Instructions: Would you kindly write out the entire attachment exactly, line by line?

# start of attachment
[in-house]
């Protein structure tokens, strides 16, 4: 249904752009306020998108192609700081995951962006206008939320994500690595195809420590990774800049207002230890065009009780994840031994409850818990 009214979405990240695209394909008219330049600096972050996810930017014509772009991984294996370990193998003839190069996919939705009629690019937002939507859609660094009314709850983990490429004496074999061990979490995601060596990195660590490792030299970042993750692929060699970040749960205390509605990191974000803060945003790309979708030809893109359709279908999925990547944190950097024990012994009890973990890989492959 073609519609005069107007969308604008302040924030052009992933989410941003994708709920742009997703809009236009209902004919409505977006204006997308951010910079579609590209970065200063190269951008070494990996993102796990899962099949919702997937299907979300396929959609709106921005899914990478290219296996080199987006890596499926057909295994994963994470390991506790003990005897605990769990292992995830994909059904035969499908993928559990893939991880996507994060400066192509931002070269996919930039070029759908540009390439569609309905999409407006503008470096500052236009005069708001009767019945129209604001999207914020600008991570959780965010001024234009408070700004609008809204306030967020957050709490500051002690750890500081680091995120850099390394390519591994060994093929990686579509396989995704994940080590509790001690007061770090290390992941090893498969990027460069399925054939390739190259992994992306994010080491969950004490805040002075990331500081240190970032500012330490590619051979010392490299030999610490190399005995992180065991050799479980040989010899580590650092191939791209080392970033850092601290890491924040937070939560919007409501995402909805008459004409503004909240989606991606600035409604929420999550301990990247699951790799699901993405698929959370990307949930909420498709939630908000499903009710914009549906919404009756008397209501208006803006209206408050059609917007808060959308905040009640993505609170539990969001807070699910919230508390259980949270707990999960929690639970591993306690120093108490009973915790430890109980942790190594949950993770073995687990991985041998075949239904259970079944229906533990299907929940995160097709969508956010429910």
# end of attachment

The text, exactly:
[in-house]
């Protein structure tokens, strides 16, 4: 249904752009306020998108192609700081995951962006206008939320994500690595195809420590990774800049207002230890065009009780994840031994409850818990 009214979405990240695209394909008219330049600096972050996810930017014509772009991984294996370990193998003839190069996919939705009629690019937002939507859609660094009314709850983990490429004496074999061990979490995601060596990195660590490792030299970042993750692929060699970040749960205390509605990191974000803060945003790309979708030809893109359709279908999925990547944190950097024990012994009890973990890989492959 073609519609005069107007969308604008302040924030052009992933989410941003994708709920742009997703809009236009209902004919409505977006204006997308951010910079579609590209970065200063190269951008070494990996993102796990899962099949919702997937299907979300396929959609709106921005899914990478290219296996080199987006890596499926057909295994994963994470390991506790003990005897605990769990292992995830994909059904035969499908993928559990893939991880996507994060400066192509931002070269996919930039070029759908540009390439569609309905999409407006503008470096500052236009005069708001009767019945129209604001999207914020600008991570959780965010001024234009408070700004609008809204306030967020957050709490500051002690750890500081680091995120850099390394390519591994060994093929990686579509396989995704994940080590509790001690007061770090290390992941090893498969990027460069399925054939390739190259992994992306994010080491969950004490805040002075990331500081240190970032500012330490590619051979010392490299030999610490190399005995992180065991050799479980040989010899580590650092191939791209080392970033850092601290890491924040937070939560919007409501995402909805008459004409503004909240989606991606600035409604929420999550301990990247699951790799699901993405698929959370990307949930909420498709939630908000499903009710914009549906919404009756008397209501208006803006209206408050059609917007808060959308905040009640993505609170539990969001807070699910919230508390259980949270707990999960929690639970591993306690120093108490009973915790430890109980942790190594949950993770073995687990991985041998075949239904259970079944229906533990299907929940995160097709969508956010429910």